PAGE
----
News — Pacific Language RSS



Stories by Pacific school children to be used as school resources

The stories of Pacific students are being adapted into digitally-animated reading resources.   Fifty students across Flatbush Primary School, Jean Batten School and RiseUP Academy worked with experts to write and illustrate their stories. Project manager Theresa Tupuola-Sorenson said the students, aged 6 to 9, were supported through their creative journey. 

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Paving the Digital Career Path for Māori and Pasifika Talent

On Wednesday 26th May, Media Design School hosted a platform at their innovative new campus in Wynyard Quarter to kōrero and talanoa about ways Māori and Pasifika art and design forms have become increasingly relevant and dynamic in this digital era.

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Let's Start from the very Beginning!

If we want to ensure the survival of our Pacific languages, we've got to take a Fraulein Maria stance by proudly and promptly taking it back to the very beginning - which is usually a very good place to start! (see what we did there) - with the ABC's and all with our young Pacific learners in mind! Children can learn any language effectively and faster through song and dance, and engage a whole lot more through song animations.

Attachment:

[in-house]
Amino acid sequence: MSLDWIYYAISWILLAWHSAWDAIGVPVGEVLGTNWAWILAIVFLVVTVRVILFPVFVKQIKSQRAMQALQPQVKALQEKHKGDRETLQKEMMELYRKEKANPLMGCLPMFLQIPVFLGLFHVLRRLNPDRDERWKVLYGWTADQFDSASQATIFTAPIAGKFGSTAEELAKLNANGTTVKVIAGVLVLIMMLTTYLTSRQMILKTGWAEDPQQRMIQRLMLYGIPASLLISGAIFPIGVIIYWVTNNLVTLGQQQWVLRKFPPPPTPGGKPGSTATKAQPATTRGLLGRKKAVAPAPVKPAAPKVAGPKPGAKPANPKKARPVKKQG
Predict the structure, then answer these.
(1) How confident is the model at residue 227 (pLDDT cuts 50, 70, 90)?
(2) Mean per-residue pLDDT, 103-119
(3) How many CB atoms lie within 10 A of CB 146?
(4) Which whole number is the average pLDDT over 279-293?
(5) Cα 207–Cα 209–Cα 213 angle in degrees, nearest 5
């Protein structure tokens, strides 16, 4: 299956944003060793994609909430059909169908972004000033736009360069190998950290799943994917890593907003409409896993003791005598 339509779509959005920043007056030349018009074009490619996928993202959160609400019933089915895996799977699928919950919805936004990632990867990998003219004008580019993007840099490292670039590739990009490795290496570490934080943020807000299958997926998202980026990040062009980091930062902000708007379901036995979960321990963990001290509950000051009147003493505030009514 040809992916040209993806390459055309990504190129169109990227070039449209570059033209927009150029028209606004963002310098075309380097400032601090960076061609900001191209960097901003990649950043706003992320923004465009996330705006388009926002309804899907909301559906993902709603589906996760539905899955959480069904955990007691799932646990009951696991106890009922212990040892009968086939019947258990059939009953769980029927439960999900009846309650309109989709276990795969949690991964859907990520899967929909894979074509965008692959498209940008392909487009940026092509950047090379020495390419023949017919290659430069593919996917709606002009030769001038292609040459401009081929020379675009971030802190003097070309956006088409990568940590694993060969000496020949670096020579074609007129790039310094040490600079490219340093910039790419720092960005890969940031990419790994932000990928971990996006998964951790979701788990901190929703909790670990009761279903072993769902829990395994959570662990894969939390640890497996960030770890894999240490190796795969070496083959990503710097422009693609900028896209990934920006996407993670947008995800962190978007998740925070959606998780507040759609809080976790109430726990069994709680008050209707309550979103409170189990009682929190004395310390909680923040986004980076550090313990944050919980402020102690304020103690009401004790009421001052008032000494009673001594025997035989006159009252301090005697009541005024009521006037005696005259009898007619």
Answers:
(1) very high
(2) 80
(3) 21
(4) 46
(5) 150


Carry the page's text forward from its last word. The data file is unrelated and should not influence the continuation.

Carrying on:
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How Do Children Learn Language?

The best way to promote language development for babies is simply to talk to your child. Babies learn by experiencing (and listening to) the world around them, so the more language they are exposed to the better. Additionally, you can put words to their actions. Talk to them as you would in conversation, pausing for them to respond, then you can say back what you think they might say. However, note that simply talking to them attentively is enough for them to pick up language.

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How to Save a Dying Language

By the time Hawaii became a state, in 1959, the Hawaiian language had lost a critical mass of native speakers. According to one study, fewer than 30 students were studying Hawaiian at the University of Hawai‘i’s flagship campus during the school year that began in 1960. Other indigenous languages were undergoing their own protracted deaths—roughly 230 of them went extinct at some point between 1950 and 2010. In the ’60s, estimates suggest that fewer than 2,000 people could speak Hawaiian fluently, and just a few dozen of them were children. But then something remarkable happened. An unlikely Hawaiian renaissance blossomed in the ’60s and into the ’70s, initially driven by artists who sought to reclaim traditional music and dance.

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